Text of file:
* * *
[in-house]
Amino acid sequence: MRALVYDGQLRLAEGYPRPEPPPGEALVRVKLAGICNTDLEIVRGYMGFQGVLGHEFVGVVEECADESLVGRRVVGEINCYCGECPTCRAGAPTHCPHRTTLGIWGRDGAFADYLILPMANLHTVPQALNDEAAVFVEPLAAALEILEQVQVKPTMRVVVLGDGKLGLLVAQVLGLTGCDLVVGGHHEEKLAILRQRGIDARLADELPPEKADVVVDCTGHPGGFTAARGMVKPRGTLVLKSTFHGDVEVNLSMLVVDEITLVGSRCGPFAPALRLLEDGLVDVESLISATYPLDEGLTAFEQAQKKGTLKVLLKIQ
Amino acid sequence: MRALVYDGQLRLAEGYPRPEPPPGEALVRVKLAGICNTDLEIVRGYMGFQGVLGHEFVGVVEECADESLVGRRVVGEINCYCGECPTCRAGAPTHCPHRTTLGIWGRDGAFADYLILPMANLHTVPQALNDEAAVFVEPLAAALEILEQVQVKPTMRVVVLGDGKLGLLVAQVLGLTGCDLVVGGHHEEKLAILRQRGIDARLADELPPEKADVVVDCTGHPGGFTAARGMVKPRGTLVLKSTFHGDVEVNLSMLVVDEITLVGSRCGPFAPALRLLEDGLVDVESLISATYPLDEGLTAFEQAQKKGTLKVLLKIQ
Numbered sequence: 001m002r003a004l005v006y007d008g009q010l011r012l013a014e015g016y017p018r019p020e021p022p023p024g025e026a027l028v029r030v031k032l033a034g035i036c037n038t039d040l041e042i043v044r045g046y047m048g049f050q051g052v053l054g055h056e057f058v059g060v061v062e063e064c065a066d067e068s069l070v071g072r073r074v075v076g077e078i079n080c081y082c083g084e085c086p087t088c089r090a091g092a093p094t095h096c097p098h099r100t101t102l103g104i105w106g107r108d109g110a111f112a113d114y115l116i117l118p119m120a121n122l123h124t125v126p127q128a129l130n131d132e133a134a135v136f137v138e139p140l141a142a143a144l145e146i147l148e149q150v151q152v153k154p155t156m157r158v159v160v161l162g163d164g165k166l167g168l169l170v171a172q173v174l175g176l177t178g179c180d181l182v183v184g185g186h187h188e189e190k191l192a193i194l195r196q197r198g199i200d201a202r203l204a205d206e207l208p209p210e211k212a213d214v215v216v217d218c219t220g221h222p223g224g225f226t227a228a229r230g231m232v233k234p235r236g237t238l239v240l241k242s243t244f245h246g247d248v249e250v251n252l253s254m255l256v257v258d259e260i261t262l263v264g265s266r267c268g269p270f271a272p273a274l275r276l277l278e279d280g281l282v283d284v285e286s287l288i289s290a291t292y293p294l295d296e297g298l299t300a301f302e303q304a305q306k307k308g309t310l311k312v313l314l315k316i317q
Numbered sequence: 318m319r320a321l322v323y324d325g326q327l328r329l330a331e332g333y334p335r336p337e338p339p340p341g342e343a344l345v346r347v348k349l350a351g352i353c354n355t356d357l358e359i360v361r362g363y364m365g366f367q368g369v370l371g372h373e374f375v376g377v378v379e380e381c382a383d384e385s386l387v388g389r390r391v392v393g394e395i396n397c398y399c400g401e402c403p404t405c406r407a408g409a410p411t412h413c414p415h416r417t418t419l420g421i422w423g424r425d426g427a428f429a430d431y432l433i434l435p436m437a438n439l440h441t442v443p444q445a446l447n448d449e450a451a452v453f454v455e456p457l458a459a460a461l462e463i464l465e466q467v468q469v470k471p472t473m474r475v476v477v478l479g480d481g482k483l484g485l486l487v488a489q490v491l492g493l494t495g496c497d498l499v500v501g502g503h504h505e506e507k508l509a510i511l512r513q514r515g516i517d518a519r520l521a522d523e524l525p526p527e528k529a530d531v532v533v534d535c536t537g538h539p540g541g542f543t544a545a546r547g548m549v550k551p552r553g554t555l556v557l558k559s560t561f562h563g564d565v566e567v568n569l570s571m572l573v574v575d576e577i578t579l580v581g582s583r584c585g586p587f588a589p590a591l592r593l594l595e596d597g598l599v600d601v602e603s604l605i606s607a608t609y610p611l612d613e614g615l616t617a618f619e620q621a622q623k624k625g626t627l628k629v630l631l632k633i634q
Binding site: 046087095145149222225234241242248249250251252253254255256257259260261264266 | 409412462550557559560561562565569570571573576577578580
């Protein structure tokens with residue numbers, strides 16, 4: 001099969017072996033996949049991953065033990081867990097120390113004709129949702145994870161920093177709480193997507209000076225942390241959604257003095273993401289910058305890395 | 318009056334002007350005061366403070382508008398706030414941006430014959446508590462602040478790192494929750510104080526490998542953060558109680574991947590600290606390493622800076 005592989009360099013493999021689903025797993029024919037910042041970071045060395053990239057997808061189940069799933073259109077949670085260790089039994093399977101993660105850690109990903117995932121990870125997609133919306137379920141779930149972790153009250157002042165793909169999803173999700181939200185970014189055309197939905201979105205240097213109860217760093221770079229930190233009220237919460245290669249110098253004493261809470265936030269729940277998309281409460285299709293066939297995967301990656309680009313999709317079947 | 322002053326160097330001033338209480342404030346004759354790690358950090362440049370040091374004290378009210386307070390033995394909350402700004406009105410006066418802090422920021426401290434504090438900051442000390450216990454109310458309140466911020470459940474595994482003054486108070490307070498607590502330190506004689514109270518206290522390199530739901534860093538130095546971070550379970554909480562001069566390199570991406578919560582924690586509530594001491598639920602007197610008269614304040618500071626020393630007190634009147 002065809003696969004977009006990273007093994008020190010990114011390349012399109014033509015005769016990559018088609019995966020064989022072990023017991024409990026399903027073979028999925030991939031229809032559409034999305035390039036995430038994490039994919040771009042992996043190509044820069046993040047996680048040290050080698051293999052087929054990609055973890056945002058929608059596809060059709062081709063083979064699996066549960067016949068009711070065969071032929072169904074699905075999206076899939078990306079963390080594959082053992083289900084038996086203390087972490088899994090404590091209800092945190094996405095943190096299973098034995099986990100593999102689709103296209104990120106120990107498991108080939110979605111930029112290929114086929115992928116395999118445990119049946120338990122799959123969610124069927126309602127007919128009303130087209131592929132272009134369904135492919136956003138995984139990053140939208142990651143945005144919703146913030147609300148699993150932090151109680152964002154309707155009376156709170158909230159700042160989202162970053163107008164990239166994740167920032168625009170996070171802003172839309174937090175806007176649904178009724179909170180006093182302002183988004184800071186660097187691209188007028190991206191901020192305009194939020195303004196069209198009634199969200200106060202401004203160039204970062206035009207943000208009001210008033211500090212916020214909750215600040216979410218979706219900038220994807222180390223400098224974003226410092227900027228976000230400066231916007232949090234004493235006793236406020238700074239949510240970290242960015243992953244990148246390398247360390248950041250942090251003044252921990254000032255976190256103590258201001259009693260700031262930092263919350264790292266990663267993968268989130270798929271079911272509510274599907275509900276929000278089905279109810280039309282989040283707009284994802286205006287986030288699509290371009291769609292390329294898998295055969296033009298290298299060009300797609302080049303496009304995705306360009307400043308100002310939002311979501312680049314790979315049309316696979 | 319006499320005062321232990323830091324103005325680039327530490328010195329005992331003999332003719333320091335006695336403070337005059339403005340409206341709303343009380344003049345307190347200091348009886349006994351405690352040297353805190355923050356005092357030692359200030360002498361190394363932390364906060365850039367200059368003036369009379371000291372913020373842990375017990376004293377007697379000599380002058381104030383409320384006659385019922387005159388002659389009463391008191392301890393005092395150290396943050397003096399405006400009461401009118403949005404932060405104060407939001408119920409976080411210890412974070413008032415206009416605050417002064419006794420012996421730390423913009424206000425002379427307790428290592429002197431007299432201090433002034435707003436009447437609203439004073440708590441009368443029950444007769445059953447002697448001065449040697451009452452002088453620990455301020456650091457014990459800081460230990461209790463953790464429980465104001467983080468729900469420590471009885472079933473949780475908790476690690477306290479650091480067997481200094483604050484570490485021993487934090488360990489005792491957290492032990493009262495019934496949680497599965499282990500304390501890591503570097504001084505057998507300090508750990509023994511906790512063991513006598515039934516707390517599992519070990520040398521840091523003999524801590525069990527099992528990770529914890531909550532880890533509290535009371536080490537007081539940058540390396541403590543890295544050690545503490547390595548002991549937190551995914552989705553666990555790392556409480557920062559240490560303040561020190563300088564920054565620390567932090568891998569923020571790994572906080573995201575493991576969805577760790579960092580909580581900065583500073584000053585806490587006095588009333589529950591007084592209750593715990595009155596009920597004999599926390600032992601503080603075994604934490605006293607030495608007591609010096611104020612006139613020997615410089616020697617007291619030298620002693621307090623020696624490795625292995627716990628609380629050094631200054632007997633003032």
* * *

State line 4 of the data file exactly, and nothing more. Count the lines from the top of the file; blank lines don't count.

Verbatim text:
Numbered sequence: 001m002r003a004l005v006y007d008g009q010l011r012l013a014e015g016y017p018r019p020e021p022p023p024g025e026a027l028v029r030v031k032l033a034g035i036c037n038t039d040l041e042i043v044r045g046y047m048g049f050q051g052v053l054g055h056e057f058v059g060v061v062e063e064c065a066d067e068s069l070v071g072r073r074v075v076g077e078i079n080c081y082c083g084e085c086p087t088c089r090a091g092a093p094t095h096c097p098h099r100t101t102l103g104i105w106g107r108d109g110a111f112a113d114y115l116i117l118p119m120a121n122l123h124t125v126p127q128a129l130n131d132e133a134a135v136f137v138e139p140l141a142a143a144l145e146i147l148e149q150v151q152v153k154p155t156m157r158v159v160v161l162g163d164g165k166l167g168l169l170v171a172q173v174l175g176l177t178g179c180d181l182v183v184g185g186h187h188e189e190k191l192a193i194l195r196q197r198g199i200d201a202r203l204a205d206e207l208p209p210e211k212a213d214v215v216v217d218c219t220g221h222p223g224g225f226t227a228a229r230g231m232v233k234p235r236g237t238l239v240l241k242s243t244f245h246g247d248v249e250v251n252l253s254m255l256v257v258d259e260i261t262l263v264g265s266r267c268g269p270f271a272p273a274l275r276l277l278e279d280g281l282v283d284v285e286s287l288i289s290a291t292y293p294l295d296e297g298l299t300a301f302e303q304a305q306k307k308g309t310l311k312v313l314l315k316i317q